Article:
23 Million Protestant Hispanic Americans

While looking at demographic data for Latinos/as in the United States, I found two numbers that hit me like a 98-mile-an-hour pitch (pardon my baseball reference, but I am currently distracted by the World Baseball Classic playing in Miami, FL).

Instinctively, I knew this data, but I hadn’t realized it included such staggering figures. To give some context to these two figures that stunned me, we first need to understand that there are approximately 62.9 million Latinos/as in the U.S. (18.9% of the population). Of these 62.9 million Latinos/as, 23 million (38%) are Protestants of various stripes.

Two Astonishing Numbers

What is astonishing is that of the 23 million Latino/a Protestants, 14 million (60%) are women, and 16 million (73%) are 49 years old or younger. The bottom line is that these two numbers tell us that the future of Protestantism in Hispanic America is young women. These numbers are very important and signal a need for church leaders and educators to think about how we shape future leaders in response to these demographic realities.

How We Can Prepare

Some questions and ideas assailed me as I thought about the implications of these numbers.

First, are we recruiting and training more women? Since many more women are in our pews, we must recruit more young Latina women to lead and minister to these congregations.

Secondly, are we preparing men to be effective leaders of churches populated by a female majority? The history of machismo has left many scars. Machismo is abrasive or even abusive maleness, similar to toxic masculinity, and this cultural feature seeps into the church. Pastoral leaders need to prepare to work with women in ways that change the patterns ingrained in the Latino culture and work toward healing those scars.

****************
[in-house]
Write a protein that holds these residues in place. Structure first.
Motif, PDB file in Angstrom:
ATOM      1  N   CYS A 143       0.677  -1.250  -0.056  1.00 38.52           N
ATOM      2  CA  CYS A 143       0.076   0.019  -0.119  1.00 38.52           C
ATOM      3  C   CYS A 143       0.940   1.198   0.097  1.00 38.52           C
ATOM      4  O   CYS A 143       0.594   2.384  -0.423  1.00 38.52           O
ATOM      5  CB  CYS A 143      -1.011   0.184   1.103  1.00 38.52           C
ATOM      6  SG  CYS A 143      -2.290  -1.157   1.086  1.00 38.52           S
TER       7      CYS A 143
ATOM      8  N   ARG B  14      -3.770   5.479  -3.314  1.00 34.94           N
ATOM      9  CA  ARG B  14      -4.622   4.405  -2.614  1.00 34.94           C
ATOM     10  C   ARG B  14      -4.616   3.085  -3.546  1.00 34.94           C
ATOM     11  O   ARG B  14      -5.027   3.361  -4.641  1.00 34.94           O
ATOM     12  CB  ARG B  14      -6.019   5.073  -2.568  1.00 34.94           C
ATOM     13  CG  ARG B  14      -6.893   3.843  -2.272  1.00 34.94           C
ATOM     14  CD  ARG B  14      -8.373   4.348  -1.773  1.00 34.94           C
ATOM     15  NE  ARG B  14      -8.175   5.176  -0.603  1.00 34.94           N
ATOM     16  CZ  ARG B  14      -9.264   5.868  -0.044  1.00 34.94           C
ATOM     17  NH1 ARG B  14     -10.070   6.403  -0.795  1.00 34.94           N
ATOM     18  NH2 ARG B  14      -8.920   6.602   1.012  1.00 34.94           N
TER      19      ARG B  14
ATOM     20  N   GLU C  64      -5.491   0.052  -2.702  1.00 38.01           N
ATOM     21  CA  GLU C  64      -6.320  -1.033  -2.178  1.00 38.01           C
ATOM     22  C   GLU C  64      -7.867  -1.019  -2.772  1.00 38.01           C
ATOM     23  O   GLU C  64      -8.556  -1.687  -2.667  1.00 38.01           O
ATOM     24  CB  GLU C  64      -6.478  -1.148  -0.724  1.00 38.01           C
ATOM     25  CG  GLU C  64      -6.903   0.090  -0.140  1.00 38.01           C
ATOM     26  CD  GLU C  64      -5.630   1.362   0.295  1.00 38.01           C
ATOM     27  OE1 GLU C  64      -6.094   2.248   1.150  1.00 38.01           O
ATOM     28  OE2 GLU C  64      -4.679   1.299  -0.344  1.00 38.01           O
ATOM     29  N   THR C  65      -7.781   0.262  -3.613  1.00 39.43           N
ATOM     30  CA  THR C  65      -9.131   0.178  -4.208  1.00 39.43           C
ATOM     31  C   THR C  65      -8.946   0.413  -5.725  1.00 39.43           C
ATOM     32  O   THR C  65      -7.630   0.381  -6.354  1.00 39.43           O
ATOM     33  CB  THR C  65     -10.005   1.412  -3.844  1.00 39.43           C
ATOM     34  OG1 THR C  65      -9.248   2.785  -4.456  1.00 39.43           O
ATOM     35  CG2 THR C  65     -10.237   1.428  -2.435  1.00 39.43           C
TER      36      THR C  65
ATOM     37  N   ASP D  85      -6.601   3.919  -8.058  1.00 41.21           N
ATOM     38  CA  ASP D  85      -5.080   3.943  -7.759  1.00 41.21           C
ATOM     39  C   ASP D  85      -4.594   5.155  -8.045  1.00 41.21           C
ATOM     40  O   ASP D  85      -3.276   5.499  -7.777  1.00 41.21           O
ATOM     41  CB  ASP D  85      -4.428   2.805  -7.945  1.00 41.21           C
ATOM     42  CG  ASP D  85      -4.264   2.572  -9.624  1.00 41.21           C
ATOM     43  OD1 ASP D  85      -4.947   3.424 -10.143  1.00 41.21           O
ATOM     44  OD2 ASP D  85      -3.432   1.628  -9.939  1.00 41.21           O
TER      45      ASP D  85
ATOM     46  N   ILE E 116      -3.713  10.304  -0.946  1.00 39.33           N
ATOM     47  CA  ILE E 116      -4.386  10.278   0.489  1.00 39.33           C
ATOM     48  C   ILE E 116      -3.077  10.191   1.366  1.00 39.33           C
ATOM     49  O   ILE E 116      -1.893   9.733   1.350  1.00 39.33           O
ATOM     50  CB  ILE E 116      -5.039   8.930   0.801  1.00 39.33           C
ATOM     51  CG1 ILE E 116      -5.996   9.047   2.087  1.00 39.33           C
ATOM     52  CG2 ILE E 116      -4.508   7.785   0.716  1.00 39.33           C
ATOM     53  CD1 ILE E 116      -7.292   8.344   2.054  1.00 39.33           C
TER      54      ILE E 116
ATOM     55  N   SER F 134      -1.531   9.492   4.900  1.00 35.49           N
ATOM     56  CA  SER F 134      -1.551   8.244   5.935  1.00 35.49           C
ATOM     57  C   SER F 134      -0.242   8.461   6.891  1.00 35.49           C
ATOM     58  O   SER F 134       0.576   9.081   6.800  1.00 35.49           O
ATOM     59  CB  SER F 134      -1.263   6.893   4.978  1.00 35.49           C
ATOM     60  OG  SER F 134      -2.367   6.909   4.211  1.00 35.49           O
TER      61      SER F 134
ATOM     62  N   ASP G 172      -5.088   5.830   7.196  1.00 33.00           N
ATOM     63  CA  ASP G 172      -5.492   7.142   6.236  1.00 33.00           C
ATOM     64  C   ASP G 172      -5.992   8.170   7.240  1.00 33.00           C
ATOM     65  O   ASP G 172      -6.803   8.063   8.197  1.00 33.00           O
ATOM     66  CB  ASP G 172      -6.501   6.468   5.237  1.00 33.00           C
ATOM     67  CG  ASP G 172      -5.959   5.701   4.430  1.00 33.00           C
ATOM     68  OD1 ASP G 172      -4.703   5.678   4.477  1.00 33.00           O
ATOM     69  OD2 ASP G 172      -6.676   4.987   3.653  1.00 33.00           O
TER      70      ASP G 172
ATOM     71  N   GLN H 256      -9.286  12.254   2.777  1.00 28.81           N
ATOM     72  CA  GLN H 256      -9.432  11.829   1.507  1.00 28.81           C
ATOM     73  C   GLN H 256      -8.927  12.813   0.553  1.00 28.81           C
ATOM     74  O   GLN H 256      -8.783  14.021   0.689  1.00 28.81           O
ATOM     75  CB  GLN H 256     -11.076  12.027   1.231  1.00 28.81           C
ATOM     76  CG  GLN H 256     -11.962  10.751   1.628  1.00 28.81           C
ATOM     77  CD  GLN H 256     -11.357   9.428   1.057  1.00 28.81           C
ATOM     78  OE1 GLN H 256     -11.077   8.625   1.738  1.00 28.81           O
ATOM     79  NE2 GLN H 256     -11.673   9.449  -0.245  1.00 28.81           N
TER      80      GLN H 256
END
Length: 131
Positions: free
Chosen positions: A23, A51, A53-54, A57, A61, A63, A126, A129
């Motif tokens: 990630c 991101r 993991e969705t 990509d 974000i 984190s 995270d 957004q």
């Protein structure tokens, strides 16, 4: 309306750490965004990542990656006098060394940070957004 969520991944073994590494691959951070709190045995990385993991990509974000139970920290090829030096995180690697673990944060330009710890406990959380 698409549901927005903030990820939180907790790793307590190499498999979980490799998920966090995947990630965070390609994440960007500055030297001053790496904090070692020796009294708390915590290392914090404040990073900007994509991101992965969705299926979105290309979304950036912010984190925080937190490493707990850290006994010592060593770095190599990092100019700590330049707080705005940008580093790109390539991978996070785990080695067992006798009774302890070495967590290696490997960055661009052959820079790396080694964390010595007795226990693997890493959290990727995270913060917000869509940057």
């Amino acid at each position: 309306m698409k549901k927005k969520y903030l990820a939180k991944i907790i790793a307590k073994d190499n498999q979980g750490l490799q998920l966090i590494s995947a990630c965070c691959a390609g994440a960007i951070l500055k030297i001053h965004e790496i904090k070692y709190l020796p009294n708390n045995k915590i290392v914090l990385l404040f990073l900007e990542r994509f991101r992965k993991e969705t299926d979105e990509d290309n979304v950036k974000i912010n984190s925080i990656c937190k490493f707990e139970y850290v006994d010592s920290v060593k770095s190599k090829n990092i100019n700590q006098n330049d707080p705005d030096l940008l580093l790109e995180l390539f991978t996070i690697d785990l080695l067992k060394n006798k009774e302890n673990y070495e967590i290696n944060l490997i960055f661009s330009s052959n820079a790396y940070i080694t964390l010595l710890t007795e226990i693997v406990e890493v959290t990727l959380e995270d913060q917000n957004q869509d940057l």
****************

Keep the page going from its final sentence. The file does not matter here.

Finally, are we preparing women to be pastors to men while preserving healthy boundaries and relationships? In many cases, women pastors and leaders carry the burden of the tensions between the two genders. So, learning appropriate boundary-setting, having a healthy and balanced understanding of equality, and being mentored by other women can increase female leaders’ effectiveness.

Incorporating answers to these questions into our curriculum and programs through courses, books, continuing education, and mentorship will help Asbury Theological Seminary significantly impact the future of Protestantism in Hispanic America.

The Asbury Latino Center Equips Women Leaders

Asbury Seminary, through the programs of the Asbury Latino Center, is making an important contribution to the future of Protestantism in Hispanic America. Thanks to our gracious and faithful donors, the Programa de Formación Ministerial (LLSP) and the bilingually-delivered Master of Arts in Ministry have almost 50% female enrollment. These women are equipped to expand their leadership roles within their congregations and communities.

However, we need to increase our efforts to ensure that more young Latina women are recruited. It is not a question of representation. It is not a quest for some empty social justice goal. If young Latina women are the future of Protestantism in Hispanic America, then we need to make sure that more young Latina women are ready to take the mantle of leadership and bring their God-given gifts and unique perspectives to serve the growing Latino/a population in the U.S.

Asbury Seminary is making a critical contribution to the future of Protestantism in Hispanic America. We must sharpen our focus and not let our guard down.